Like our other frequent touring destination (Vermont), Oregon has loads of covered bridges. This looks a much better candidate for living in!
We aimed for Silverton the first night. We rolled into town and asked Gigi for B&Bs. She directed us to the Water Street Inn. We rolled up and rang the bell. The innkeeper was a bit surprised by our arrival. Apparently she normally doesn't take drop-ins, but in spite of our sweaty appearance decided we would be OK. She was a gracious hostess and the inn was lovely.

The next morning, we decided to take a diversion out to Silver Falls. The Cascades are called that for a reason. There was a great hike that would take us past loads of falls, but we decided to just check out a couple of them so we could make a bit more progress toward Detroit.


This looked like an interesting way to get around!

I had plotted out a gravel road route into Detroit. We stopped at Forestry office and found a great map of the area. We also learned that my route had been closed by a landslide. The ranger seemed to suggest it was recent and not safe for us to try and climb over, so we altered our route to include the main road into Detroit. We came over a road called Gates Hill, which was our toughest climb of the trip, we renamed it Gates of Hell! It took us a while to find accommodation in Detroit. We had stayed in Detroit on a previous supported trip and had rose tinted memories. It's a vacation community full of holiday homes, and only 2 motels. Sadly we picked the one in need of some attention.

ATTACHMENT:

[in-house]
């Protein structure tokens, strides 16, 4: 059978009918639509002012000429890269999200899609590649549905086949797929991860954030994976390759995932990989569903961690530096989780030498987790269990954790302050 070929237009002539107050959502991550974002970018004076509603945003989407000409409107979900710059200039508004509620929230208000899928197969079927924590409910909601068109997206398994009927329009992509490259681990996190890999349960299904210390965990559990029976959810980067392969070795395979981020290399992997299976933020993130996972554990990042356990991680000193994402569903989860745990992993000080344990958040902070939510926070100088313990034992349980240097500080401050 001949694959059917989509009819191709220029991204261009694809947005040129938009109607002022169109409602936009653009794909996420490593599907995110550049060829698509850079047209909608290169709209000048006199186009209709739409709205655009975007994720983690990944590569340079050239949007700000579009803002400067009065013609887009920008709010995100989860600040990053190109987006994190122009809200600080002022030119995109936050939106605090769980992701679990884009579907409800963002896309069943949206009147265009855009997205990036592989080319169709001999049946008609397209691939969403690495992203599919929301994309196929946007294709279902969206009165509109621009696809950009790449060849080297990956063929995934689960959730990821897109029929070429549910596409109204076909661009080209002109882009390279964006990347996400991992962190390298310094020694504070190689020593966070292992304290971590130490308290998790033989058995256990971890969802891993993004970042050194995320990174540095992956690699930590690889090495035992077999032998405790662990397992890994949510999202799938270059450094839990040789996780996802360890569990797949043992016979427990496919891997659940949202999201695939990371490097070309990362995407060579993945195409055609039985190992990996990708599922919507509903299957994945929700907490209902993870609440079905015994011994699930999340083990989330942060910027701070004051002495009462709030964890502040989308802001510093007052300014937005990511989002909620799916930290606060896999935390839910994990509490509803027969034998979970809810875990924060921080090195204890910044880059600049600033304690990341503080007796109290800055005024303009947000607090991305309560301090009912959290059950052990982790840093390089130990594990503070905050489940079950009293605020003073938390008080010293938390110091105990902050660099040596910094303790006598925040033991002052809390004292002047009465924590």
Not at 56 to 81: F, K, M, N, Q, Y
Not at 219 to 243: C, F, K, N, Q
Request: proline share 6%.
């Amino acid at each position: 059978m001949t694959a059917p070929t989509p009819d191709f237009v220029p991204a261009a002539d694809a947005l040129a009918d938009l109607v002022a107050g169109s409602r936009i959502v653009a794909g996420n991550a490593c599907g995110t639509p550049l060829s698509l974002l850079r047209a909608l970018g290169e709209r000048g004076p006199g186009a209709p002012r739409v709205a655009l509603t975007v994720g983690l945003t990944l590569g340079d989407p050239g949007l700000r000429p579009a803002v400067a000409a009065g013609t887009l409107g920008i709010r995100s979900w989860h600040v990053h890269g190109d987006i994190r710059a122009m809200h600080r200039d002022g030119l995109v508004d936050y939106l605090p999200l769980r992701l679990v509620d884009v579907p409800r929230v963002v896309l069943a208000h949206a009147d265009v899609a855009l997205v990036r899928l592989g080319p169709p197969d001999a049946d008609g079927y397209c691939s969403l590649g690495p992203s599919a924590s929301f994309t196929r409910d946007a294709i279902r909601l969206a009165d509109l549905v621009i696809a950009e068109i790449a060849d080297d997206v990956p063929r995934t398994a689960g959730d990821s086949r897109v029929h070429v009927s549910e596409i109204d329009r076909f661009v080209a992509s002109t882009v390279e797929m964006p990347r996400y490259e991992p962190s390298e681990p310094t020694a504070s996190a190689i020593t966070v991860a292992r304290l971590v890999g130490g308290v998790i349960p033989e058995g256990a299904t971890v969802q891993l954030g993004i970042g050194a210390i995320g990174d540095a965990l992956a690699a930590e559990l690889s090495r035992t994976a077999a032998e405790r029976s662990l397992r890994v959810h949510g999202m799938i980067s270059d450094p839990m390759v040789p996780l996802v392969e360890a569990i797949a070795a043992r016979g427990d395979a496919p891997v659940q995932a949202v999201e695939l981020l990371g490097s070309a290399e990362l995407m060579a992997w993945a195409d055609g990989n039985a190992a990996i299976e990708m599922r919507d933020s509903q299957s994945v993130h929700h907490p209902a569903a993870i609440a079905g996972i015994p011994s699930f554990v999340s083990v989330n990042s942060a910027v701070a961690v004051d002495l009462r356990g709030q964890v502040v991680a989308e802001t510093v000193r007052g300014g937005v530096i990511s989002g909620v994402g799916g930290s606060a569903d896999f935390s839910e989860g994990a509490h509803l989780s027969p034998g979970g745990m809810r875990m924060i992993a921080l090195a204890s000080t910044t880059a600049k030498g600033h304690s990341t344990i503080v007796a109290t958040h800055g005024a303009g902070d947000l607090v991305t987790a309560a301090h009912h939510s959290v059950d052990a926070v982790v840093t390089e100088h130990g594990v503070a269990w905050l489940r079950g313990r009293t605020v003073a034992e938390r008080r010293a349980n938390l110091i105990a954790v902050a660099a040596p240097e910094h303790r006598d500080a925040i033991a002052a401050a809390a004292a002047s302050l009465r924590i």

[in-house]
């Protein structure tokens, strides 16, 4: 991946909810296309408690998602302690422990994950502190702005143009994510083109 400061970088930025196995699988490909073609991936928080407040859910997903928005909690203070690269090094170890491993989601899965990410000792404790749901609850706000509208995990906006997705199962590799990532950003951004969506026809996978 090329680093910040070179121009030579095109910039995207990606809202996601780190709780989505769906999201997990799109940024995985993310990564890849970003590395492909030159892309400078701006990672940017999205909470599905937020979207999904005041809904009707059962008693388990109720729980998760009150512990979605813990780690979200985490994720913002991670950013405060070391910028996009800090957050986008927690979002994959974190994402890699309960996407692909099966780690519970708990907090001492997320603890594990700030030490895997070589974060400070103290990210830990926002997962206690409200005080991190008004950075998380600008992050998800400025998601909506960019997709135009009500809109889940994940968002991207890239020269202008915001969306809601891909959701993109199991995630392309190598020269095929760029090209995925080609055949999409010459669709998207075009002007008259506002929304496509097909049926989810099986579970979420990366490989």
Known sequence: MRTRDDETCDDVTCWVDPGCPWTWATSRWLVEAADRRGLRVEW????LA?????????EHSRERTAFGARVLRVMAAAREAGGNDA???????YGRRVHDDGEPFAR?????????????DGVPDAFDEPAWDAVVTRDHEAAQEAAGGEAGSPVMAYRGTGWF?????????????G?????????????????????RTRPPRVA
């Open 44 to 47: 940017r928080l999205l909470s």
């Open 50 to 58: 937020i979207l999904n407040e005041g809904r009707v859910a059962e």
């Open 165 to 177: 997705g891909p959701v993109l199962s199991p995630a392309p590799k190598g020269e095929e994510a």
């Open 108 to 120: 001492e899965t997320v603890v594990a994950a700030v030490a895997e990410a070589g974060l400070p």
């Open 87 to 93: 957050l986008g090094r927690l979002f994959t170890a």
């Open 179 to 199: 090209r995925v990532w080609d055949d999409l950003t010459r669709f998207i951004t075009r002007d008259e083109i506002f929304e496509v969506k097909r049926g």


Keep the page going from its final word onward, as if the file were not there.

The next morning, we headed to the Detroit Ranger Station in hopes of finding good maps to Sisters. We learned from the ranger there, that the slip was 6 months old, and while still not passable by car, we could have gotten over. It would have saved us some ugly main road riding. But we also learned that McKenzie pass was closed. We were surprised that Dan and Wiley didn't know about this. This would mean we'd have to do some main road riding to get into Sisters. We picked up another map and did confirm our choice of gravel road for the morning was open.

We joked about this sign - given that it looked like pavement to us. It did not lie - there was gravel ahead. Shortly after a screaming descent, we hit the main road and some construction. We pulled over after some sticky tar section to discover a bulge in our rear tire that was about to blow. When we pulled out the spare, we discovered a very skinny, inappropriate for loaded touring on gravel roads tire. This led to an awkward discussion about who was responsible for packing the toolkit and why we had the wrong tire. We joked lots about how this would become grounds for divorce. We put the skinny tire on, and decided to avoid the gravel option to Sisters and take the main road into town. This choice also would appear in the divorce papers. The traffic was horrendous. The views were great, but it was not a pleasant journey into Sisters. Worse yet we didn't know how we'd get out of town. As soon as we saw a motel, we stopped and checked in, wanting nothing more than to get off the highway. A short while later we rode into town to find a bike shop and new tires. We picked up a couple of nice fat tires, and got the tandem back into gravel road state. We asked for recommendations for dinner and coffee and got one for the best restaurant of the trip, Jen's Garden. We headed down to make a reservation. They were very friendly and even said we could come dressed as we were. I said, we'd get showered and changed. This was not just the best meal of the trip, but one of the best we've ever had. We had a great 5 course meal with the wine flight - a glass of wine to go with each course. Everything was heavenly. I highly recommend a trip to Sister's just for this restaurant!